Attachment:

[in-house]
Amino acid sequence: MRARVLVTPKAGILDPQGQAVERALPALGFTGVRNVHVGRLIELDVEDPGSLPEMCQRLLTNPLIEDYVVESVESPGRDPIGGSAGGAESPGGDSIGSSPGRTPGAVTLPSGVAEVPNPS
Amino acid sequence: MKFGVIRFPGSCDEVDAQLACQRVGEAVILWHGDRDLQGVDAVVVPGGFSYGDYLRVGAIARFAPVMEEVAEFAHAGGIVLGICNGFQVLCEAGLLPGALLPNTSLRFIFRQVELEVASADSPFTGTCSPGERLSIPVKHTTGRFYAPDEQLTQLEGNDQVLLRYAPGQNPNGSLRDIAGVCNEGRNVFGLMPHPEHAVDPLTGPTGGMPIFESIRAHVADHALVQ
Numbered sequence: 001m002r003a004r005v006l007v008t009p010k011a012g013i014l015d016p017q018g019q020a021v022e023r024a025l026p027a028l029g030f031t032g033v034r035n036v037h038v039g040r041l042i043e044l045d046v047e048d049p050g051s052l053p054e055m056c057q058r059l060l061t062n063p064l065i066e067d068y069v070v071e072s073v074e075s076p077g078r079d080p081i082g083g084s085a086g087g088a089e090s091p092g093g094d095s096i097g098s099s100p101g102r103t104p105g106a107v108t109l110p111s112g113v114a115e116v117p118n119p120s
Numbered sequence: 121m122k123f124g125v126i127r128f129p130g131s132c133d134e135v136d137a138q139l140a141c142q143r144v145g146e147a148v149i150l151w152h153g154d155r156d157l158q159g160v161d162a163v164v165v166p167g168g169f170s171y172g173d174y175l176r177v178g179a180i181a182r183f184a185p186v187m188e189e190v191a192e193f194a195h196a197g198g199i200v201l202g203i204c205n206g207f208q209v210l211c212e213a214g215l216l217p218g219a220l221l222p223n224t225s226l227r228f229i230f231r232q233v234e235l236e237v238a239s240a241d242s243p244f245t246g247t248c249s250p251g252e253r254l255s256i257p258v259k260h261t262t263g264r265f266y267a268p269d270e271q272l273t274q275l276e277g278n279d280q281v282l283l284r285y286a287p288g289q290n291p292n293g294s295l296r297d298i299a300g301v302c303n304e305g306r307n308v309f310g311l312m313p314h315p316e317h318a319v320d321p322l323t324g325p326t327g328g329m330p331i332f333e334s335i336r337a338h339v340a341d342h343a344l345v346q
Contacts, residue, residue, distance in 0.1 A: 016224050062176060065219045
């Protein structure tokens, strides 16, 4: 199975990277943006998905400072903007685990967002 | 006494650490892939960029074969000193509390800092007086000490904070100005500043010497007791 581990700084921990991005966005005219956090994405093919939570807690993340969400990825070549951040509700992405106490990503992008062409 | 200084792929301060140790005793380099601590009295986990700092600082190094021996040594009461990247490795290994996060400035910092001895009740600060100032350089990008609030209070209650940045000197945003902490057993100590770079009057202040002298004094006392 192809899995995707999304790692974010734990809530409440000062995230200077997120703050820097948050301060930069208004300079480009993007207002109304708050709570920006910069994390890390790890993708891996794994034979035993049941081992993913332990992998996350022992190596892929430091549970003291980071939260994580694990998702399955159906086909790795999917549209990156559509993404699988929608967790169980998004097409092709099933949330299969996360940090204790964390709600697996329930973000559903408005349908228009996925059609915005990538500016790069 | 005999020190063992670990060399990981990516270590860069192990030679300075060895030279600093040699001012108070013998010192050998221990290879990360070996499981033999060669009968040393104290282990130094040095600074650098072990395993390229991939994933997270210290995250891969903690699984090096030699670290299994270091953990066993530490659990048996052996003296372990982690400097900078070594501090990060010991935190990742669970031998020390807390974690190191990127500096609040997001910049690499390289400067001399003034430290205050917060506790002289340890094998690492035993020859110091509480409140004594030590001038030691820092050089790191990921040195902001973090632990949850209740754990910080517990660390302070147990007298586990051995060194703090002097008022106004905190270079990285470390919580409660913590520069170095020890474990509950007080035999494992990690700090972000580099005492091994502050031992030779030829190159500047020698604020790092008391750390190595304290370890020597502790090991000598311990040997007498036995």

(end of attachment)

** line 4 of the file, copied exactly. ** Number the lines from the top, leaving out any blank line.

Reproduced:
Numbered sequence: 001m002r003a004r005v006l007v008t009p010k011a012g013i014l015d016p017q018g019q020a021v022e023r024a025l026p027a028l029g030f031t032g033v034r035n036v037h038v039g040r041l042i043e044l045d046v047e048d049p050g051s052l053p054e055m056c057q058r059l060l061t062n063p064l065i066e067d068y069v070v071e072s073v074e075s076p077g078r079d080p081i082g083g084s085a086g087g088a089e090s091p092g093g094d095s096i097g098s099s100p101g102r103t104p105g106a107v108t109l110p111s112g113v114a115e116v117p118n119p120s